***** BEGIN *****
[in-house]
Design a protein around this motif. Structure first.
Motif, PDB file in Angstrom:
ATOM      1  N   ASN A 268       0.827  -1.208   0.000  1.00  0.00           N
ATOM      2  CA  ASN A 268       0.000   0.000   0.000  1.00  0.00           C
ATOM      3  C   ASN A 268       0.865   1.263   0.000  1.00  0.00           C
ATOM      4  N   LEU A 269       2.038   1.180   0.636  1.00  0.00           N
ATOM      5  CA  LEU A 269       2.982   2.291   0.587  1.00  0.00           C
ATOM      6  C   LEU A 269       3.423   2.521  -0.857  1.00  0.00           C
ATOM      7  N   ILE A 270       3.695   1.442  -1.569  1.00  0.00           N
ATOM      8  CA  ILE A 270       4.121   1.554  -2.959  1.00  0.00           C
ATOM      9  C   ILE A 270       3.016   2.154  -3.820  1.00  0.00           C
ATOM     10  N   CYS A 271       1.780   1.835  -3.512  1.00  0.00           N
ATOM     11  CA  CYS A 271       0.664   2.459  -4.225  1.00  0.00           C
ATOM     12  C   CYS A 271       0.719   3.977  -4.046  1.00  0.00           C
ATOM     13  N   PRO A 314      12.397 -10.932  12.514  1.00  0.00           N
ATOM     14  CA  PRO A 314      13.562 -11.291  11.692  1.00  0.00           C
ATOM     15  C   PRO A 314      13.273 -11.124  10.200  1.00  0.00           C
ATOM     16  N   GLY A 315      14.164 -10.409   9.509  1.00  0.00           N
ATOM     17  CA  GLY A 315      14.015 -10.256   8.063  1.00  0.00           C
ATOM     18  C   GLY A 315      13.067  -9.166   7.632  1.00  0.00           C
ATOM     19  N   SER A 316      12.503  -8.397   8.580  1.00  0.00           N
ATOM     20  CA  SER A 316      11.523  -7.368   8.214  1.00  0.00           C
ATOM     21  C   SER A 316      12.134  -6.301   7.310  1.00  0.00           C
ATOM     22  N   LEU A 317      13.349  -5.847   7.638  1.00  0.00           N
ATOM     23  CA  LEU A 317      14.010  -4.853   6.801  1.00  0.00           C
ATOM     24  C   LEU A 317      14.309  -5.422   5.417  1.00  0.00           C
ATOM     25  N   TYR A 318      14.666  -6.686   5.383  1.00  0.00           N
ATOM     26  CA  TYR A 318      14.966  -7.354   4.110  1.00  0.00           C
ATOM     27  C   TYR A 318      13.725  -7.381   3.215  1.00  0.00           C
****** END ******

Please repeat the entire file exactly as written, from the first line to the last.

[in-house]
Design a protein around this motif. Structure first.
Motif, PDB file in Angstrom:
ATOM      1  N   ASN A 268       0.827  -1.208   0.000  1.00  0.00           N
ATOM      2  CA  ASN A 268       0.000   0.000   0.000  1.00  0.00           C
ATOM      3  C   ASN A 268       0.865   1.263   0.000  1.00  0.00           C
ATOM      4  N   LEU A 269       2.038   1.180   0.636  1.00  0.00           N
ATOM      5  CA  LEU A 269       2.982   2.291   0.587  1.00  0.00           C
ATOM      6  C   LEU A 269       3.423   2.521  -0.857  1.00  0.00           C
ATOM      7  N   ILE A 270       3.695   1.442  -1.569  1.00  0.00           N
ATOM      8  CA  ILE A 270       4.121   1.554  -2.959  1.00  0.00           C
ATOM      9  C   ILE A 270       3.016   2.154  -3.820  1.00  0.00           C
ATOM     10  N   CYS A 271       1.780   1.835  -3.512  1.00  0.00           N
ATOM     11  CA  CYS A 271       0.664   2.459  -4.225  1.00  0.00           C
ATOM     12  C   CYS A 271       0.719   3.977  -4.046  1.00  0.00           C
ATOM     13  N   PRO A 314      12.397 -10.932  12.514  1.00  0.00           N
ATOM     14  CA  PRO A 314      13.562 -11.291  11.692  1.00  0.00           C
ATOM     15  C   PRO A 314      13.273 -11.124  10.200  1.00  0.00           C
ATOM     16  N   GLY A 315      14.164 -10.409   9.509  1.00  0.00           N
ATOM     17  CA  GLY A 315      14.015 -10.256   8.063  1.00  0.00           C
ATOM     18  C   GLY A 315      13.067  -9.166   7.632  1.00  0.00           C
ATOM     19  N   SER A 316      12.503  -8.397   8.580  1.00  0.00           N
ATOM     20  CA  SER A 316      11.523  -7.368   8.214  1.00  0.00           C
ATOM     21  C   SER A 316      12.134  -6.301   7.310  1.00  0.00           C
ATOM     22  N   LEU A 317      13.349  -5.847   7.638  1.00  0.00           N
ATOM     23  CA  LEU A 317      14.010  -4.853   6.801  1.00  0.00           C
ATOM     24  C   LEU A 317      14.309  -5.422   5.417  1.00  0.00           C
ATOM     25  N   TYR A 318      14.666  -6.686   5.383  1.00  0.00           N
ATOM     26  CA  TYR A 318      14.966  -7.354   4.110  1.00  0.00           C
ATOM     27  C   TYR A 318      13.725  -7.381   3.215  1.00  0.00           C